Behold thy King cometh unto thee meek and sitting upon an ass

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In the Old Testament book of Zechariah there are two commands to rejoice.  Once it says:

“Sing and rejoice, O daughter of Zion: for, lo, I come, and I will dwell in the midst of thee, saith the LORD. 11 And many nations shall be joined to the LORD in that day, and shall be my people: and I will dwell in the midst of thee, and thou shalt know that the LORD of hosts hath sent me unto thee.”  (Zechariah 2:10-12)

Very clearly we see two Persons called the LORD here.  The Speaker who says “lo, I come” is called the LORD.  And this LORD is also sent by the LORD of hosts.

He is LORD from LORD.  Light from Light.  Very God from Very God, as the creed would put it.  Here is the LORD Christ speaking of how He would dwell in the midst of His people and join them to His Father, the LORD of Hosts.

In Zechariah 9 we get the second command to rejoice – and again it is about the coming of Christ to His people:

“Rejoice greatly, O daughter of Zion; shout, O daughter of Jerusalem: behold, thy King cometh unto thee: he is just, and having salvation; lowly, and riding upon an ass, and upon a colt the foal of an ass.”  (Zechariah 9:9)

Here is the kind of LORD He is: Christ is the lowly King.  Can you fathom this?  The King who is LORD, the Sent One from the Most High, the Christ, the Son of God – He is lowly.  He rides not in a chariot, not on a stallion, not on a white charger, but on an ass.

Rejoice greatly O people of God!  Here is the humble-hearted LORD Almighty.

They didn’t know it, but the people of Zechariah’s day would have to wait 500 years for this coming.  But when it happened on that Psalm Sunday, it unfolded exactly as written.  The LORD Jesus makes His travel arrangements and Matthew comments:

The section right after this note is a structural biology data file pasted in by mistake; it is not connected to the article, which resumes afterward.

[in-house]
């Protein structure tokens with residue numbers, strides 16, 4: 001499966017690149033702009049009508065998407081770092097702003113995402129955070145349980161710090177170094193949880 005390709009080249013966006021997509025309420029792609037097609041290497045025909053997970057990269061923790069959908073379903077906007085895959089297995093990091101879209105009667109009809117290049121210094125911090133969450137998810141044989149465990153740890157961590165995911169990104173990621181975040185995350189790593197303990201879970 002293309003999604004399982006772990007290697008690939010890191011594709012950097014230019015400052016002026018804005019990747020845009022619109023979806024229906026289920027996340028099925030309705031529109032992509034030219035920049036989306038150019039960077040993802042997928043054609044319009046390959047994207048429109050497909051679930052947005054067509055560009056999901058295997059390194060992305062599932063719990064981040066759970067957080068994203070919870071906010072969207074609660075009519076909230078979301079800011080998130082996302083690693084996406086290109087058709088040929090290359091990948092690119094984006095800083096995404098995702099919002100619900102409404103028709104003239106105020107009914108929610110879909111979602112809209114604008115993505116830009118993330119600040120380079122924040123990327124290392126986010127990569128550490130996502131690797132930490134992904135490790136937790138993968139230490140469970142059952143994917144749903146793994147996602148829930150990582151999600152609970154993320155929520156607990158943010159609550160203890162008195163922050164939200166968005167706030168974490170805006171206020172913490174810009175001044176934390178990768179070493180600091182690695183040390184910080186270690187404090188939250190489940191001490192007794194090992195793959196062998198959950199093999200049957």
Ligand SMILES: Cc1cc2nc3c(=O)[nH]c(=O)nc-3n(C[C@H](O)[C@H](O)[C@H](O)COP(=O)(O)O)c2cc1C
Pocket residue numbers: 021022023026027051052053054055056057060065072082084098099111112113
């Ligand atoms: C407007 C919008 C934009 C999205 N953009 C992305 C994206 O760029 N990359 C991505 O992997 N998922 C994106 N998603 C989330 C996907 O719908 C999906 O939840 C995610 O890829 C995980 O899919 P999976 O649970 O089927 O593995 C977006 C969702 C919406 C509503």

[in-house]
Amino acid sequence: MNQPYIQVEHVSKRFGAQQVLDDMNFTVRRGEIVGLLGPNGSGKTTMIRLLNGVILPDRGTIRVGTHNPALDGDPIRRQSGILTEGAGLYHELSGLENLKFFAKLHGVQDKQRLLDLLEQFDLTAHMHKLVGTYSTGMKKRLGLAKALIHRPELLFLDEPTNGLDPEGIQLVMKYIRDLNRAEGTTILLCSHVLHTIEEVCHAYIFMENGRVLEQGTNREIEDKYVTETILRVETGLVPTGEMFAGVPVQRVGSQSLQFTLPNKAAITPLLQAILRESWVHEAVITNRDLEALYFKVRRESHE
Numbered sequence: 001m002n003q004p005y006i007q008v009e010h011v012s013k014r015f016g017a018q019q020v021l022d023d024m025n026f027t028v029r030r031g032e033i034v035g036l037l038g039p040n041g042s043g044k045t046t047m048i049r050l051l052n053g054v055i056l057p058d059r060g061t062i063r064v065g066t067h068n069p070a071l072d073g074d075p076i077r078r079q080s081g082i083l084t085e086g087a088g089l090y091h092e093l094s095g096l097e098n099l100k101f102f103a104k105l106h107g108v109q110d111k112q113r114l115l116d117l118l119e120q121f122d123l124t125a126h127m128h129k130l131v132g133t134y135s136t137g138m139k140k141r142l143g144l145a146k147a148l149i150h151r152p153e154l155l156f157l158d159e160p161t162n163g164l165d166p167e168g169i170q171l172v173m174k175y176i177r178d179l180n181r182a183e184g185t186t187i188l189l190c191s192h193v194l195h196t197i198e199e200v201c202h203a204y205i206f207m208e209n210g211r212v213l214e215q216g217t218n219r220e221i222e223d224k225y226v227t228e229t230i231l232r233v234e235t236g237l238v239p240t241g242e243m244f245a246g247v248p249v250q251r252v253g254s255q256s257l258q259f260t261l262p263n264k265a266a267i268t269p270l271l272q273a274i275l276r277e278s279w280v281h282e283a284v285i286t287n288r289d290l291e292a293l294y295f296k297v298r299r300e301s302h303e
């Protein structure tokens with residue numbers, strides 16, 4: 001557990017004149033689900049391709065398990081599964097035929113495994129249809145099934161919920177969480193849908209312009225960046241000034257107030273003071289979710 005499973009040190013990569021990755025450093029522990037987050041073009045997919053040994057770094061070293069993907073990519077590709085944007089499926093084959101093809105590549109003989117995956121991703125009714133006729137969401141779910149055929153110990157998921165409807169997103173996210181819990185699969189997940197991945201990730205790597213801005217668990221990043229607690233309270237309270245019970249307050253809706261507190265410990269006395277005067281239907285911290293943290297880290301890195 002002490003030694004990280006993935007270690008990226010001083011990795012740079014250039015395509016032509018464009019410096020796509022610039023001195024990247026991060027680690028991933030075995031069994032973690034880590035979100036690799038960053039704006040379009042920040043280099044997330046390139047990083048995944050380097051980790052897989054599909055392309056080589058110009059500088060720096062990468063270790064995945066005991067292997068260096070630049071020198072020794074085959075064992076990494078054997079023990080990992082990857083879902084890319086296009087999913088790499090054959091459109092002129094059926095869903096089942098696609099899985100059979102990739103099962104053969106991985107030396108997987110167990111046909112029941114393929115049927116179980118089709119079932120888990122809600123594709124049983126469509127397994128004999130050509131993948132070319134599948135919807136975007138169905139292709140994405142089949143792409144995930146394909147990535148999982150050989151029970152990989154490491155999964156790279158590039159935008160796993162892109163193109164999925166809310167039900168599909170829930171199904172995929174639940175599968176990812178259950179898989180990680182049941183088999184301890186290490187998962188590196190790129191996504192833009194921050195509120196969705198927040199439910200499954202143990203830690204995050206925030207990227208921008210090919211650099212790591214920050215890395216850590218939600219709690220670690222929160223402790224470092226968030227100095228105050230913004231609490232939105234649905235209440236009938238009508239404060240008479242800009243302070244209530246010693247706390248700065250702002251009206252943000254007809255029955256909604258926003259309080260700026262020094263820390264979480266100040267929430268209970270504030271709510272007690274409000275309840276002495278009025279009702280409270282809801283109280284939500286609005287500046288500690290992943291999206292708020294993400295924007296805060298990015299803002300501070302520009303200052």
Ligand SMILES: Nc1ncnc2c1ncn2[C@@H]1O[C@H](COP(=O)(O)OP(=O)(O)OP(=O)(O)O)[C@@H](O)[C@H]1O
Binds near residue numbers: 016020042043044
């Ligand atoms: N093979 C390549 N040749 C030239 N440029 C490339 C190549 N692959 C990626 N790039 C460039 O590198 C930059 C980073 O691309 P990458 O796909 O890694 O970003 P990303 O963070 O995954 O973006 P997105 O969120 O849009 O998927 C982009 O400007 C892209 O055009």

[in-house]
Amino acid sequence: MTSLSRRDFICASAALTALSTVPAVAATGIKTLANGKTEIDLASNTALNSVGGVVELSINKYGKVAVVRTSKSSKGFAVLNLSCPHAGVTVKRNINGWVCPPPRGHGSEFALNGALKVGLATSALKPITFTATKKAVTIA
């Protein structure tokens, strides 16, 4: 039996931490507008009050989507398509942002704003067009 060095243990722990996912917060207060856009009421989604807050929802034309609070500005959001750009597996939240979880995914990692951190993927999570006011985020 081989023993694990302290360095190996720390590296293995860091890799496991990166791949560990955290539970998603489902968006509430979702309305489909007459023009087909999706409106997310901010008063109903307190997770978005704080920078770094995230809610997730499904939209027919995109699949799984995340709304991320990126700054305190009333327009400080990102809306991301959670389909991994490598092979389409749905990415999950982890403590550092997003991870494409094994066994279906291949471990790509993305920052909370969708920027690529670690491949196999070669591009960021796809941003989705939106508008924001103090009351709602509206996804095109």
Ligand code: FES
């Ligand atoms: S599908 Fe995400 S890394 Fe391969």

All this was done, that it might be fulfilled which was spoken by the prophet [Zechariah], saying, 5 Tell ye the daughter of Sion, Behold, thy King cometh unto thee, meek, and sitting upon an ass, and a colt the foal of an ass. 6 And the disciples went, and did as Jesus commanded them, 7 And brought the ass, and the colt, and put on them their clothes, and they set him thereon. 8 And a very great multitude spread their garments in the way; others cut down branches from the trees, and strawed them in the way. 9 And the multitudes that went before, and that followed, cried, saying, Hosanna to the Son of David: Blessed is he that cometh in the name of the Lord; Hosanna in the highest.  (Matthew 21:4-9)

This coming to Jerusalem is often called “The Triumphal Entry”.  To call it such makes the comparison with the Roman Triumph ceremonies where conquering commanders and kings returned from battle to receive glory and honour.

Christ’s “triumphal entry” is different.  For a start, His choice of transport is a deliberate subversion of kingly expectation.  He does ride into town.  He is a king.  But He’s not that kind of king.

He is the lowly King.  And He doesn’t come returning from battle – He’s heading for His death.  In five days He would be strung up on a Roman cross.  And the crowd that sings Hosanna will soon cry “Crucify Him!”